Judge steps aside in case involving Daley nephew

The special prosecutor in the case of Richard Vanecko, the nephew of former Mayor Richard Daley, is asking that a judge from outside Cook County be assigned to the case to avoid the appearance of impropriety.

Cook County Judge Arthur Hill has recused himself from the case, despite saying both this week and last that he could be fair and impartial.

Vanecko was back in court today, after having a week to consider, along with attorneys from both sides, whether or not to request a new judge after Hill revealed he was a prosecutor under Vanecko’s uncle and that Daley later appointed him to the CTA Board.

When Hill withdrew the case went back to Judge Michael Toomin, who decided he would refer the case to Chief Judge Timothy Evans.  Evans will take the matter to the Illinois Supreme Court.  The judge invoked the words of U.S. Supreme Court Justice Antonin Scalia, who said the appearance of justice is as important as its reality.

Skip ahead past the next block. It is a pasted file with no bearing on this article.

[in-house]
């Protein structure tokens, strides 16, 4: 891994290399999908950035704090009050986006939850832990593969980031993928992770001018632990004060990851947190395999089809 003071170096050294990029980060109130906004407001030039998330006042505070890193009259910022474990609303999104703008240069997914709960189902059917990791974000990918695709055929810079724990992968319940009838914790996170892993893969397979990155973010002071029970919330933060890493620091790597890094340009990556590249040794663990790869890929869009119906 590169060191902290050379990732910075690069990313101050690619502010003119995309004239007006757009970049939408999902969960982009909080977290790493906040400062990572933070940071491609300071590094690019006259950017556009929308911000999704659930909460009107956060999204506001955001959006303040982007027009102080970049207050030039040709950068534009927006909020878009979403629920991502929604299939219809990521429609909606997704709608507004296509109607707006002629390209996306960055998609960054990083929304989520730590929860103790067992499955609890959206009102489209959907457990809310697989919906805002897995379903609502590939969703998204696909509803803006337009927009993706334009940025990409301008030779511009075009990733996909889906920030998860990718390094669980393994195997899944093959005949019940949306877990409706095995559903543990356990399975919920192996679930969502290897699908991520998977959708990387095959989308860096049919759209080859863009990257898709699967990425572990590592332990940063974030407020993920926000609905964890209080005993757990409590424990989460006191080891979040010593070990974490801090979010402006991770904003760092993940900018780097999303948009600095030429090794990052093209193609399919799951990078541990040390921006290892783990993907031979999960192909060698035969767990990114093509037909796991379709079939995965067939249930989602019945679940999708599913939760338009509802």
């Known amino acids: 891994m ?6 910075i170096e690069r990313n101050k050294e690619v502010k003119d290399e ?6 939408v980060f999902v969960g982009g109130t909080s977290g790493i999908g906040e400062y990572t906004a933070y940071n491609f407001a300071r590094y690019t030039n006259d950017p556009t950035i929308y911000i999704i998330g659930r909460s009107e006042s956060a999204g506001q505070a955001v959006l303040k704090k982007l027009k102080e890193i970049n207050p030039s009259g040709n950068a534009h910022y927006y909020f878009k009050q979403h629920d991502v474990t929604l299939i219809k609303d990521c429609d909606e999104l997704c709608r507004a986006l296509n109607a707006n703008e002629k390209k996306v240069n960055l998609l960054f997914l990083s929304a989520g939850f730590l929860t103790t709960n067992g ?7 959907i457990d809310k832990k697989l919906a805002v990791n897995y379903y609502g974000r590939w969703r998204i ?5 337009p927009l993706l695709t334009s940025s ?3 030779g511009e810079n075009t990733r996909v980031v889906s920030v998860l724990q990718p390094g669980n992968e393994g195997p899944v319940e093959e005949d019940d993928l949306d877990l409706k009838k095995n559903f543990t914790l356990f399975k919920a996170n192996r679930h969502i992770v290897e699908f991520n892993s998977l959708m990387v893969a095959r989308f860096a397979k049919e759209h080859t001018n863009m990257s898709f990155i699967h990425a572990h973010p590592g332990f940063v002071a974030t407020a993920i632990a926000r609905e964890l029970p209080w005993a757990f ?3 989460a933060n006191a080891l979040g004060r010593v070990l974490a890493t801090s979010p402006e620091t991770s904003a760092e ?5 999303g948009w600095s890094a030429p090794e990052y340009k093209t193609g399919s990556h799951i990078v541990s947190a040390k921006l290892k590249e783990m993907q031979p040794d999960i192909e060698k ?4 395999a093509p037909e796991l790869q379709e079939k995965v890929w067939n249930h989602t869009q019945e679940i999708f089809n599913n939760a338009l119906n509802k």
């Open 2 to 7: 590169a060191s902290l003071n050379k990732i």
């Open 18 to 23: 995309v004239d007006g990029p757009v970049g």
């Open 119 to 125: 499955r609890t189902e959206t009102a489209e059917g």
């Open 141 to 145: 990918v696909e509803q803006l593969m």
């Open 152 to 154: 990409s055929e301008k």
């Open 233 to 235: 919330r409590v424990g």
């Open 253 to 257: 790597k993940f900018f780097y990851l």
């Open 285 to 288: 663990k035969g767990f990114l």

Vanecko has been indicted and is free on a $100,000 bond for the death of David Koschman, 21, who died days after a drunken fight near Rush Street in 2004.

Police at the time said Koschman was the aggressor and closed the case.  But about 100 pounds and nearly a foot in height separated the two, in Vanecko’s favor.

Vanecko’s attorneys are not happy with today’s decision, but they say he will be vindicated either way.

“I’m really outraged by the fact that because some newspaper reporters think that Cook County judges can’t be fair, that this case has to be reassigned,” defense attorney Marc Martin told reporters today.  “I have absolutely no reason to doubt the integrity of the Cook County judiciary.  It is really disheartening that these perceptions exist.”

Vanecko’s next court date will depend on the state Supreme Court and the reassignment of a judge to the case.

Vanecko, a resident of California, requested that he be allowed to travel within the lower 48 states.  That request was granted.

Vanecko has pleaded not guilty to charges of involuntary manslaughter.

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